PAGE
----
This subject is the exact reason I don't wait on anything before I set hook!

 

From the moment you decide to swing, you wanna be in complete control.

  • Like 2
Link to comment
Share on other sites

The only thing that really works for me is to set it hard and crank as hard and fast as I can trying to not give ‘em a chance to bury in the weeds. Once they get good and buried  I lose at least as many as I land. I would think being on shore you could put a lot more torque on them than I can in a canoe. As others have said, bigger line and maybe a heavier rod if you can get them moving your way fast enough.

  • Like 1
Link to comment
Share on other sites

  • Super User

When you feel that bite set the hook immediately, don't let the bass swim with it.  When I'm fishing off of the bank and I have enough room behind me I will start backing up while I'm reeling to get that bass to shore even faster.  I don't like to give them a chance to think about what is going on.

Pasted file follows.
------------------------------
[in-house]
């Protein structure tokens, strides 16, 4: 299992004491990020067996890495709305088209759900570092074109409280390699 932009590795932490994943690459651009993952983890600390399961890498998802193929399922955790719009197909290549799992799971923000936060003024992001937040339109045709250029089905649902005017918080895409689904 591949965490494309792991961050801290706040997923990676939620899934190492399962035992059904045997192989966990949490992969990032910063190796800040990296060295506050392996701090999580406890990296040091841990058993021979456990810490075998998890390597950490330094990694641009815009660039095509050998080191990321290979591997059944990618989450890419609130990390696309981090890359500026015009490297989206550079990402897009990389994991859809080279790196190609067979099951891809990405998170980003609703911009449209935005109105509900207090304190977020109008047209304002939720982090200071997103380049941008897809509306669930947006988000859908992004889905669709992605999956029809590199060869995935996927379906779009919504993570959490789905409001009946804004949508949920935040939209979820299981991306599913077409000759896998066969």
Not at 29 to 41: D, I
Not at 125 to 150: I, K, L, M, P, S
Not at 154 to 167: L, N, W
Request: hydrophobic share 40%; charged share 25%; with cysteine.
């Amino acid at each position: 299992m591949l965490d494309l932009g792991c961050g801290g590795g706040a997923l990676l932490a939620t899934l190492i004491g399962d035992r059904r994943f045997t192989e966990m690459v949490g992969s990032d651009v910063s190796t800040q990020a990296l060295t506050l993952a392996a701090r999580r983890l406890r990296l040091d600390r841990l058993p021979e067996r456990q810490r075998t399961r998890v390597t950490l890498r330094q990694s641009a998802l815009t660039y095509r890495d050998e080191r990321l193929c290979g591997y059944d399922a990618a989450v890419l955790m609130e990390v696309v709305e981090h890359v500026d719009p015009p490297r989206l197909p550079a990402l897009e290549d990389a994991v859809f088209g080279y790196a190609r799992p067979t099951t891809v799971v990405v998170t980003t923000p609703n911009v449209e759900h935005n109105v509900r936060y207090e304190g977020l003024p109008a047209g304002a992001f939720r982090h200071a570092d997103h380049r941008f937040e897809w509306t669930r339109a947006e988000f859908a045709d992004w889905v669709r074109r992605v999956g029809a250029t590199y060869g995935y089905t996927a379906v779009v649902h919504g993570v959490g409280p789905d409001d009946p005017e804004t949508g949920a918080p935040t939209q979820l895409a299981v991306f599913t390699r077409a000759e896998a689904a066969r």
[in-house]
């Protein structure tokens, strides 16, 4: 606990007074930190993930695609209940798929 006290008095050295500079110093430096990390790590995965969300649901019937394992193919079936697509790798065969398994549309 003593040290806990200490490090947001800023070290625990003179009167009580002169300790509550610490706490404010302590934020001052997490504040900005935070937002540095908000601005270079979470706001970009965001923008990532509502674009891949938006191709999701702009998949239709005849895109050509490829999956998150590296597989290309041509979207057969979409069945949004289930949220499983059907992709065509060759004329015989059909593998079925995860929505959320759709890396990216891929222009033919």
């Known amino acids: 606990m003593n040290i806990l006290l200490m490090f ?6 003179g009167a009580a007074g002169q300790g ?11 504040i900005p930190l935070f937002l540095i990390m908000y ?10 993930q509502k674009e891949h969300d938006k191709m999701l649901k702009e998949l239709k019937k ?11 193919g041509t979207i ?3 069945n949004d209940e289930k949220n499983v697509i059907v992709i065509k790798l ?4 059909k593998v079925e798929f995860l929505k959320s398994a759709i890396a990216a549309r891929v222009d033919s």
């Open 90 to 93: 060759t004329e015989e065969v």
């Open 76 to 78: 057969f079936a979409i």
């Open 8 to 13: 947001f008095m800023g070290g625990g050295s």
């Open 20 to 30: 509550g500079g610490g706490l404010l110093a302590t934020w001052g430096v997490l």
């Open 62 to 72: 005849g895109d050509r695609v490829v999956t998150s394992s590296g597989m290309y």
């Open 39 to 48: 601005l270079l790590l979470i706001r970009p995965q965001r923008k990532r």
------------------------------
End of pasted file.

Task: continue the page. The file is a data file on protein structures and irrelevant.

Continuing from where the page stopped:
• Like 4
Link to comment
Share on other sites

Join the conversation

You can post now and register later. If you have an account, sign in now to post with your account.

Guest
Unfortunately, your content contains terms that we do not allow. Please edit your content to remove the highlighted words below.
Reply to this topic...

×   Pasted as rich text.   Paste as plain text instead

  Only 75 emoji are allowed.

×   Your link has been automatically embedded.   Display as a link instead

×   Your previous content has been restored.   Clear editor

×   You cannot paste images directly. Upload or insert images from URL.

  • Recently Browsing   0 members

    • No registered users viewing this page.


  • Outboard Engine

    fishing forum

    fishing tackle

    fishing

    fishing

    fishing tackle

    fishing

    fishing

    bass fish

    fish for bass



×
×
  • Create New...

Important Information

We have placed cookies on your device to help make this website better. You can adjust your cookie settings, otherwise we'll assume you're okay to continue.